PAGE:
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Down payments posing a roadblock for renters to become owners

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Paying for a mortgage is still more affordable than renting in the U.S., but saving enough money for a down payment has become increasingly difficult for first-time buyers, especially in markets where home values are rising rapidly.

With the majority of renters in the largest metros putting about 30 percent of their monthly income toward a rental payment, saving money for a 20 percent – or even 10 percent – down payment is extremely difficult. First-time homebuyers and millennials are left trying to find other ways to break into the housing market, turning to friends and family for financial help. In 2014 alone, 13 percent of home purchases were bought using a loan or gift from friends or family for the down payment.

Rental affordability worsened in 28 of the 35 largest metros over the past year, and mortgage affordability worsened in just 18 of them.

According to a third quarter Zillow analysis of U.S. rental and mortgage affordability, residents of the Denver metro can expect to spend about 21 percent of their income on a mortgage, compared to 34 percent on rent. In the U.S. as a whole, homeowners can expect to spend 15 percent of their income on a mortgage, and 30 percent on rent. But getting that mortgage payment requires a homebuyer to have saved $62,760 for a 20 percent down payment – the industry standard – on a median-valued Denver home, which is $313,800.

In the Boston and Miami markets, the median monthly mortgage payment requires just 22 and 20 percent of monthly income, respectively. Renting is substantially more expensive, influencing many renters to start thinking about purchasing a home; 35 percent of the median income pays the median rent in Boston, and 44 percent in Miami. However, to purchase a home in Boston, a 20 percent down payment is $76,220. In Miami, buyers need to have saved $44,680.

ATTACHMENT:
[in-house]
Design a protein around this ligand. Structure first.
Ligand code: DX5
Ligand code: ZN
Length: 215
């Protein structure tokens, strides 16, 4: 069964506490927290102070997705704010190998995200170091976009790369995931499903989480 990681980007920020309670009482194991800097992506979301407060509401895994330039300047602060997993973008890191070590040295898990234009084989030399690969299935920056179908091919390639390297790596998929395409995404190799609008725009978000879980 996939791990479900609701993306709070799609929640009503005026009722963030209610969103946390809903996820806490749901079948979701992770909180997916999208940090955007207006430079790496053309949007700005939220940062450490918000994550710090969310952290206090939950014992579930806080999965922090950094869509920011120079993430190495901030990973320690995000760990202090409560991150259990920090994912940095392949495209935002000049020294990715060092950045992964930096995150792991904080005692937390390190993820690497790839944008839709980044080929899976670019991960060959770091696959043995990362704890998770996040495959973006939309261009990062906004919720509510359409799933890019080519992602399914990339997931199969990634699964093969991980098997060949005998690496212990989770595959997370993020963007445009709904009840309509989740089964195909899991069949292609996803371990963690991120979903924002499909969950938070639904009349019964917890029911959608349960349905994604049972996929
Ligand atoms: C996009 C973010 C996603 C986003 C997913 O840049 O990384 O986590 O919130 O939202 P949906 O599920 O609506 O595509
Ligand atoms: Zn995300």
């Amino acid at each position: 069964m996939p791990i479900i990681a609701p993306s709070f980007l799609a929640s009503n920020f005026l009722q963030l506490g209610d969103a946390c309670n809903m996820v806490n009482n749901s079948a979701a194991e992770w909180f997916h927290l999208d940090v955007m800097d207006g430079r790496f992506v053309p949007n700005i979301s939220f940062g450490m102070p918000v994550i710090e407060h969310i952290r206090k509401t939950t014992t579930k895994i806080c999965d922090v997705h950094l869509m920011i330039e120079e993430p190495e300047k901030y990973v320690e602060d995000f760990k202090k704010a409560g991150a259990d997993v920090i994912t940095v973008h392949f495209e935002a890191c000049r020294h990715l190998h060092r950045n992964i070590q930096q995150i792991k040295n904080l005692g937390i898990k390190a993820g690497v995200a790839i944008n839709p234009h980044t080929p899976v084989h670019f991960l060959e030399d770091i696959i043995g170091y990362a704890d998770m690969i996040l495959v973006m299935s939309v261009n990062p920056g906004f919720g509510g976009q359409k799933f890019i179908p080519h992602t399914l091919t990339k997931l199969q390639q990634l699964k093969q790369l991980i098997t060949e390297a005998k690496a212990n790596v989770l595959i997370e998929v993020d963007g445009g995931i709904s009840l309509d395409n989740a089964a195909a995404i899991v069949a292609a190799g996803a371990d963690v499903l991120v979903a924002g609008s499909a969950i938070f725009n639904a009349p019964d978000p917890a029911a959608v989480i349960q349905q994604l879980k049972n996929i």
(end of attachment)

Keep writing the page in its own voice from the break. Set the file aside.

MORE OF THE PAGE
Breaking into the housing market is less of a challenge in more affordable markets, like Cleveland. A 20 percent down payment on the median home there is $25,000, or $12,500 for 10 percent down. Residents of Cleveland can expect to spend 11 percent of their monthly income on a mortgage payment. Renters in Cleveland spend quite a bit more on rent: 27 percent of their monthly income.

“In general, paying a mortgage is more affordable than renting, and has been for some time. Unfortunately, many current renters aren’t able to realize the savings that come with homeownership because as home values and rents keep rising, it’s getting increasingly difficult to clear the down payment hurdle,” said Zillow Chief Economist Dr. Svenja Gudell. “It’s not uncommon for a 20 percent down payment on even a modest home to represent savings of $50,000 or more in some areas. And that number itself is a moving target, rising as home values escalate and harder to achieve as more money goes to landlords and less goes to savings. Using a smaller down payment is an option, but often comes with the added cost of mortgage insurance. Knowing this, it’s no wonder that many current renters are waiting longer to buy a home and are turning to alternate sources, including friends and family, to help them scrape together a down payment.”

In 34 of the largest 35 metros, rental affordability is worse than the historical average. Pittsburgh is the only housing market where residents pay less than the historical average for rent, about 25 percent of income; historically, renters in Pittsburgh spent 27 percent.

source: press release from Zillow